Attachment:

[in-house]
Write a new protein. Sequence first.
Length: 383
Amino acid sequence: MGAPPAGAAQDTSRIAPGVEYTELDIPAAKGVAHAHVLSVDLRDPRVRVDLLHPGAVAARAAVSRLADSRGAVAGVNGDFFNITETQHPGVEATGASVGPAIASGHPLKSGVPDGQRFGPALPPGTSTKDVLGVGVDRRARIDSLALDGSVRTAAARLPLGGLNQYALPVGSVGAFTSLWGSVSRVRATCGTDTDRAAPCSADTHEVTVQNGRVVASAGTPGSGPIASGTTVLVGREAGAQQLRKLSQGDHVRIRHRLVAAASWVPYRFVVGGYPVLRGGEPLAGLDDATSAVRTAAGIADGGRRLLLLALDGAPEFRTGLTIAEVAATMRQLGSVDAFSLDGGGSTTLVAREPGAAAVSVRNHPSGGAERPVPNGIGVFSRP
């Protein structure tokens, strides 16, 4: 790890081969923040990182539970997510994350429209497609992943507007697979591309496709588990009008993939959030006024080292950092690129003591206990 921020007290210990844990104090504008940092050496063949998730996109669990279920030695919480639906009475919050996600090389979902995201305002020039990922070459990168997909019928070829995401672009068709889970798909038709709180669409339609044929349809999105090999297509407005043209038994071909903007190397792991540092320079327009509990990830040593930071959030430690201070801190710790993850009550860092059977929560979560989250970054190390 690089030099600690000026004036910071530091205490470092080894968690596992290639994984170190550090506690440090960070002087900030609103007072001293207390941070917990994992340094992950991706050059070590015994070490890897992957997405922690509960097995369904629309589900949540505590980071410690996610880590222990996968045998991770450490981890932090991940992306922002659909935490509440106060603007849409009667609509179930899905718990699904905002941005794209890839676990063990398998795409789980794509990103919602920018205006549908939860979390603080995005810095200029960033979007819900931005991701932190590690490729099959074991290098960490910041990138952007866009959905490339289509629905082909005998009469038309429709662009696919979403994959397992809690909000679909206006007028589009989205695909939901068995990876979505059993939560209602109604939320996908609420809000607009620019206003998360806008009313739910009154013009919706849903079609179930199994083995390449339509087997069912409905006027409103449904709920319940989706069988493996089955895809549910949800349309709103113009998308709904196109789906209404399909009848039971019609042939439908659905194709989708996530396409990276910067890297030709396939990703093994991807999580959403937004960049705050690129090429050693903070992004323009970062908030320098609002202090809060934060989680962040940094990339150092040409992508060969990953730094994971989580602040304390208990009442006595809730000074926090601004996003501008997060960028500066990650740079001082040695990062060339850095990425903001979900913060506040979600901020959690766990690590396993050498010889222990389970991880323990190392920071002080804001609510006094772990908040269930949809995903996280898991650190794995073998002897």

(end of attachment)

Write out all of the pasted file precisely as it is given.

[in-house]
Write a new protein. Sequence first.
Length: 383
Amino acid sequence: MGAPPAGAAQDTSRIAPGVEYTELDIPAAKGVAHAHVLSVDLRDPRVRVDLLHPGAVAARAAVSRLADSRGAVAGVNGDFFNITETQHPGVEATGASVGPAIASGHPLKSGVPDGQRFGPALPPGTSTKDVLGVGVDRRARIDSLALDGSVRTAAARLPLGGLNQYALPVGSVGAFTSLWGSVSRVRATCGTDTDRAAPCSADTHEVTVQNGRVVASAGTPGSGPIASGTTVLVGREAGAQQLRKLSQGDHVRIRHRLVAAASWVPYRFVVGGYPVLRGGEPLAGLDDATSAVRTAAGIADGGRRLLLLALDGAPEFRTGLTIAEVAATMRQLGSVDAFSLDGGGSTTLVAREPGAAAVSVRNHPSGGAERPVPNGIGVFSRP
């Protein structure tokens, strides 16, 4: 790890081969923040990182539970997510994350429209497609992943507007697979591309496709588990009008993939959030006024080292950092690129003591206990 921020007290210990844990104090504008940092050496063949998730996109669990279920030695919480639906009475919050996600090389979902995201305002020039990922070459990168997909019928070829995401672009068709889970798909038709709180669409339609044929349809999105090999297509407005043209038994071909903007190397792991540092320079327009509990990830040593930071959030430690201070801190710790993850009550860092059977929560979560989250970054190390 690089030099600690000026004036910071530091205490470092080894968690596992290639994984170190550090506690440090960070002087900030609103007072001293207390941070917990994992340094992950991706050059070590015994070490890897992957997405922690509960097995369904629309589900949540505590980071410690996610880590222990996968045998991770450490981890932090991940992306922002659909935490509440106060603007849409009667609509179930899905718990699904905002941005794209890839676990063990398998795409789980794509990103919602920018205006549908939860979390603080995005810095200029960033979007819900931005991701932190590690490729099959074991290098960490910041990138952007866009959905490339289509629905082909005998009469038309429709662009696919979403994959397992809690909000679909206006007028589009989205695909939901068995990876979505059993939560209602109604939320996908609420809000607009620019206003998360806008009313739910009154013009919706849903079609179930199994083995390449339509087997069912409905006027409103449904709920319940989706069988493996089955895809549910949800349309709103113009998308709904196109789906209404399909009848039971019609042939439908659905194709989708996530396409990276910067890297030709396939990703093994991807999580959403937004960049705050690129090429050693903070992004323009970062908030320098609002202090809060934060989680962040940094990339150092040409992508060969990953730094994971989580602040304390208990009442006595809730000074926090601004996003501008997060960028500066990650740079001082040695990062060339850095990425903001979900913060506040979600901020959690766990690590396993050498010889222990389970991880323990190392920071002080804001609510006094772990908040269930949809995903996280898991650190794995073998002897």